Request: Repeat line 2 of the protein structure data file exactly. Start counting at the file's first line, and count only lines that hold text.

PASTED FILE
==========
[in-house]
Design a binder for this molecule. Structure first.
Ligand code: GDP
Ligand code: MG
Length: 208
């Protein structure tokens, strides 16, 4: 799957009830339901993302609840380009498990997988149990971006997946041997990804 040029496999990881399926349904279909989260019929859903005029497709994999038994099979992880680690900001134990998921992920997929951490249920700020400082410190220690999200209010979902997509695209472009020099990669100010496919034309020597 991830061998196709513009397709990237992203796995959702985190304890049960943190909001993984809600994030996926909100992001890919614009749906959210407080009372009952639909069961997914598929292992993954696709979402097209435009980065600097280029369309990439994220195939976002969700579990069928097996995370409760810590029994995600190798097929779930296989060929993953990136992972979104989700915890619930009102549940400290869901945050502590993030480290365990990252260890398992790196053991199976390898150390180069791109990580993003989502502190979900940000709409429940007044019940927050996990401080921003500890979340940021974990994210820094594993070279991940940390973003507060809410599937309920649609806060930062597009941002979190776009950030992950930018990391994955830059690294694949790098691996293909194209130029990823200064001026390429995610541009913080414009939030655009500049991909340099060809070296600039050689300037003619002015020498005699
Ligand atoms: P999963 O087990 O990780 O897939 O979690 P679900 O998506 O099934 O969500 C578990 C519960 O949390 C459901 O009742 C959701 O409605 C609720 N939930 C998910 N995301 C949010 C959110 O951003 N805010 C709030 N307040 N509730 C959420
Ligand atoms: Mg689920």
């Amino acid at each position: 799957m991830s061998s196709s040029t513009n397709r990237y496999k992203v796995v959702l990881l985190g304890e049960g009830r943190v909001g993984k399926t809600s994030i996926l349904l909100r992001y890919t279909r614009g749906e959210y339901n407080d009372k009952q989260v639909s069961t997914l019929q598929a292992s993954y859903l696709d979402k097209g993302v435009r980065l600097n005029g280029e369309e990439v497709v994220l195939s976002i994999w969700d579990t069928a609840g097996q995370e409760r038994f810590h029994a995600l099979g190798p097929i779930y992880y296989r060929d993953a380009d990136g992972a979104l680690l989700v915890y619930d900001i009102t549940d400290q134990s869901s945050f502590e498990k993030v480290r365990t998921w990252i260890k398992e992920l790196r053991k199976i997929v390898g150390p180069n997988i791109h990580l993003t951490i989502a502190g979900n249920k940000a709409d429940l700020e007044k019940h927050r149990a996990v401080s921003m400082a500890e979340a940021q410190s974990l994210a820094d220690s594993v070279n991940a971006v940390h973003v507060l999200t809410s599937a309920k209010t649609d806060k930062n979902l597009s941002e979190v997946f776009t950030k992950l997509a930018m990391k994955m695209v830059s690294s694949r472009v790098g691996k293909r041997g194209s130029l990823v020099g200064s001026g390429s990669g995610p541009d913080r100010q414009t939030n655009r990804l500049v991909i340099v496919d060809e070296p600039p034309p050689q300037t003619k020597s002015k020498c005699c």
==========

Design a binder for this molecule. Structure first.